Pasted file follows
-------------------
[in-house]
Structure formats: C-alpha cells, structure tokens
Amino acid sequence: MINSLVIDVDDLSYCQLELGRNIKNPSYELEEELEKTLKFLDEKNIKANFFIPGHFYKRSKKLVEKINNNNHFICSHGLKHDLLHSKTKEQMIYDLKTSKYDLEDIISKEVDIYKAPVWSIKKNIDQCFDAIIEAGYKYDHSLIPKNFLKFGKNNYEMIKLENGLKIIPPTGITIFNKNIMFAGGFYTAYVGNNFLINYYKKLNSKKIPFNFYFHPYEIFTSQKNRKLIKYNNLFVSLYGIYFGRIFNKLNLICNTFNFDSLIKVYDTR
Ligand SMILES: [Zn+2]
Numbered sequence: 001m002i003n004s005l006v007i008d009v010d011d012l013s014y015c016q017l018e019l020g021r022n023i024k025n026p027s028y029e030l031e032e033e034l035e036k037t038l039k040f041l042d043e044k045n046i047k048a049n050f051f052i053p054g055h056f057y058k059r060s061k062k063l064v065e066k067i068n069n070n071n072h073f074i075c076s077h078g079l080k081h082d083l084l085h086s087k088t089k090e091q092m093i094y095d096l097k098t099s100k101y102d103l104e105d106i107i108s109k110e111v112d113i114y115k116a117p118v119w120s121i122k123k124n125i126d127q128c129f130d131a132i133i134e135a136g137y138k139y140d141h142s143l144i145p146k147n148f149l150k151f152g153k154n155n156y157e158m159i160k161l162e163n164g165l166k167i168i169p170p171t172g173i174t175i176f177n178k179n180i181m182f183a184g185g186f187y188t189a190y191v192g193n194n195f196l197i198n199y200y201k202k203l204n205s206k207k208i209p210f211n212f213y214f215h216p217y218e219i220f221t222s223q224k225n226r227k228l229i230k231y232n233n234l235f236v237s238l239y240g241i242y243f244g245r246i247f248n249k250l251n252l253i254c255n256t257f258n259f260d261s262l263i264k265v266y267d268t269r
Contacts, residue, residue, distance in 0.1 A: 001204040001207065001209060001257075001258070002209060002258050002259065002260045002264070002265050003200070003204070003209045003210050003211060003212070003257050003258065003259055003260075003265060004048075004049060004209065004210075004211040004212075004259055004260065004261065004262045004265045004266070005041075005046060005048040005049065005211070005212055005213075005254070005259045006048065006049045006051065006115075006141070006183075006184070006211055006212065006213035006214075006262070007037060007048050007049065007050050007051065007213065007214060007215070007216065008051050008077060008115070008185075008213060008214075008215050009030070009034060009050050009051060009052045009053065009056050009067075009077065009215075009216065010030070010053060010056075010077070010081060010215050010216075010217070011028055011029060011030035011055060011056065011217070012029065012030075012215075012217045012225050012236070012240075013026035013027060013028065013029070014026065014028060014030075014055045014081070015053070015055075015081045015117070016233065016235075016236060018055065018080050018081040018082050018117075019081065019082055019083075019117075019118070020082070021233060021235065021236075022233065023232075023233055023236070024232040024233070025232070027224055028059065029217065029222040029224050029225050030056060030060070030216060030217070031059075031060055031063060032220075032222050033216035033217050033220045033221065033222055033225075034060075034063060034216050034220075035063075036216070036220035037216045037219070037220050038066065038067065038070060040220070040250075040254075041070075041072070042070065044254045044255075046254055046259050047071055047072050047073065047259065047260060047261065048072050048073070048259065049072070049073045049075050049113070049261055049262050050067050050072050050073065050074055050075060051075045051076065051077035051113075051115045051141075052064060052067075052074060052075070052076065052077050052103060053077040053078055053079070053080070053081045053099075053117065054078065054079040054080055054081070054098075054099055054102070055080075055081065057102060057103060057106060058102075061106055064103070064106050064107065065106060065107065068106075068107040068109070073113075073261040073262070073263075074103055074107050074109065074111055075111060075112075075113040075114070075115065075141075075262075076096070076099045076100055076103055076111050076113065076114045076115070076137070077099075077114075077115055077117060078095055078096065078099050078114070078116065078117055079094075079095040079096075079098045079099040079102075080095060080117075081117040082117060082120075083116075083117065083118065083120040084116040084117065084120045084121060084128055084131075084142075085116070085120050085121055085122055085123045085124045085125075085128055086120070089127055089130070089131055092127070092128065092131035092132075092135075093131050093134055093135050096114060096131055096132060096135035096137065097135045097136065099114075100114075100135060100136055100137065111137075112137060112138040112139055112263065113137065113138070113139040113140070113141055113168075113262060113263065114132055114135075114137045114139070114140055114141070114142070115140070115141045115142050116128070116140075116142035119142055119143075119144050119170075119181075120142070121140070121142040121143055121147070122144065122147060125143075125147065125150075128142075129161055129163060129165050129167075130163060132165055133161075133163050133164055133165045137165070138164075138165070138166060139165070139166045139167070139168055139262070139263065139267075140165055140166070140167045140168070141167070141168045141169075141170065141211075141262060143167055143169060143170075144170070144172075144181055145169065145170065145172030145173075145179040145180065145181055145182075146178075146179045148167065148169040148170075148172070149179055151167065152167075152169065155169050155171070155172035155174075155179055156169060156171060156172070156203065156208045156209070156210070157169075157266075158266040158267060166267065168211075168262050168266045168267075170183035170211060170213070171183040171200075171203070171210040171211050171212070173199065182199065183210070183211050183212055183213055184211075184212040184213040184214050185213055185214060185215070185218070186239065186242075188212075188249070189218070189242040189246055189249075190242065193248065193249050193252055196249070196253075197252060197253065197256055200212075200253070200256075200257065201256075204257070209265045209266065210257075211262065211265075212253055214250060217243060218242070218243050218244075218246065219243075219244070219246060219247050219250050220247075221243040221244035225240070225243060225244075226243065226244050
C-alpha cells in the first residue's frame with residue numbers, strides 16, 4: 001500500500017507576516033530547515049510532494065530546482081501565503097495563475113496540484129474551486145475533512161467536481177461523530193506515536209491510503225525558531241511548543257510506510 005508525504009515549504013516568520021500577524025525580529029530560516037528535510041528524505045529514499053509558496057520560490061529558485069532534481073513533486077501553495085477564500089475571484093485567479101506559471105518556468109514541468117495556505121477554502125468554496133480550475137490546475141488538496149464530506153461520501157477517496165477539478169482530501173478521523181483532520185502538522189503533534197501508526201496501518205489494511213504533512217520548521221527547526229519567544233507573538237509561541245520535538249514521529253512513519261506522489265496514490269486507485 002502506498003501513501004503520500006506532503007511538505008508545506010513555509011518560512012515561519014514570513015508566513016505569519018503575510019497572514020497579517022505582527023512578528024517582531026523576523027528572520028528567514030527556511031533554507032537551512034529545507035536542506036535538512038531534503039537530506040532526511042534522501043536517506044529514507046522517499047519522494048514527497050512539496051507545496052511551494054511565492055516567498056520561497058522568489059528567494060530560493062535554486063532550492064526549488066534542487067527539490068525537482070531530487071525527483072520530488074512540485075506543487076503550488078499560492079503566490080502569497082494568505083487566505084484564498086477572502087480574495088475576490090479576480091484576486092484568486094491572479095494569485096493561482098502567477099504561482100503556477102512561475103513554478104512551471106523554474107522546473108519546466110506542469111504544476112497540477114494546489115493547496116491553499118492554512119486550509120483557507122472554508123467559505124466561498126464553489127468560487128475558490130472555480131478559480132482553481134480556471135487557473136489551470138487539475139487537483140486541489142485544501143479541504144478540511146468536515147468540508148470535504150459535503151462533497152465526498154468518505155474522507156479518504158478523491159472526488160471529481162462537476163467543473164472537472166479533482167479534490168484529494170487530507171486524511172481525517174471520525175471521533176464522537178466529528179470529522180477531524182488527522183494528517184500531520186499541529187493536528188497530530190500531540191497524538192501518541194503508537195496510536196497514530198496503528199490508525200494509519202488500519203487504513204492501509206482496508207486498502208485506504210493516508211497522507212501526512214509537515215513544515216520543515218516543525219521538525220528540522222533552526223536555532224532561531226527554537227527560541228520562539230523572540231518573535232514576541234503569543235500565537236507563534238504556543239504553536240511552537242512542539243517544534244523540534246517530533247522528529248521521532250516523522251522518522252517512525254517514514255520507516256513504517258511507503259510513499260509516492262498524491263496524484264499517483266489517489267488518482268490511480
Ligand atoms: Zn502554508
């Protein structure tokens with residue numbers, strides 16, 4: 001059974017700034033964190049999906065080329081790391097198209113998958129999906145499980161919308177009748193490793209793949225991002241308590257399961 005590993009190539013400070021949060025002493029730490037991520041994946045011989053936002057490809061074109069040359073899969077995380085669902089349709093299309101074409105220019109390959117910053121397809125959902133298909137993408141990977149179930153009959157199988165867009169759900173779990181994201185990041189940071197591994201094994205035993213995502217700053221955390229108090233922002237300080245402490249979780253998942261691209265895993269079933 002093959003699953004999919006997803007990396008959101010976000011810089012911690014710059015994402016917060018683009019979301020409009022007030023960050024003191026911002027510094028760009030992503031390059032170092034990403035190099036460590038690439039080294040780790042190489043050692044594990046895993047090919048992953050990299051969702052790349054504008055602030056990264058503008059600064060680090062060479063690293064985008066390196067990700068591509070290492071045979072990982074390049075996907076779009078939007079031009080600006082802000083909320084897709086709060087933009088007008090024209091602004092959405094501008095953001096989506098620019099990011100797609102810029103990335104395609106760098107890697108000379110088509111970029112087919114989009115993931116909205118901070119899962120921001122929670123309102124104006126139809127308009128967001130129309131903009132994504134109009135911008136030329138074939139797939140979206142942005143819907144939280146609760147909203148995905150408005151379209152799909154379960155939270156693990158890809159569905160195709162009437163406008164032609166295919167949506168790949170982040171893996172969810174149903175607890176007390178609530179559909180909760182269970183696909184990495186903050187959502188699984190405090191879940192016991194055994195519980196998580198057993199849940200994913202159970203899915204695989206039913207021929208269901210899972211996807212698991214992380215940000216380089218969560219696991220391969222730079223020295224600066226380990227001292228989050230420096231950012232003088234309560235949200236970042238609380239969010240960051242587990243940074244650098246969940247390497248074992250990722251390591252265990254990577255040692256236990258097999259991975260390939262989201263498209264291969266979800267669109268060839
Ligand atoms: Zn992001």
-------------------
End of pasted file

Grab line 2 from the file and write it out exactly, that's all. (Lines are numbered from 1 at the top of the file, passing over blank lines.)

Structure formats: C-alpha cells, structure tokens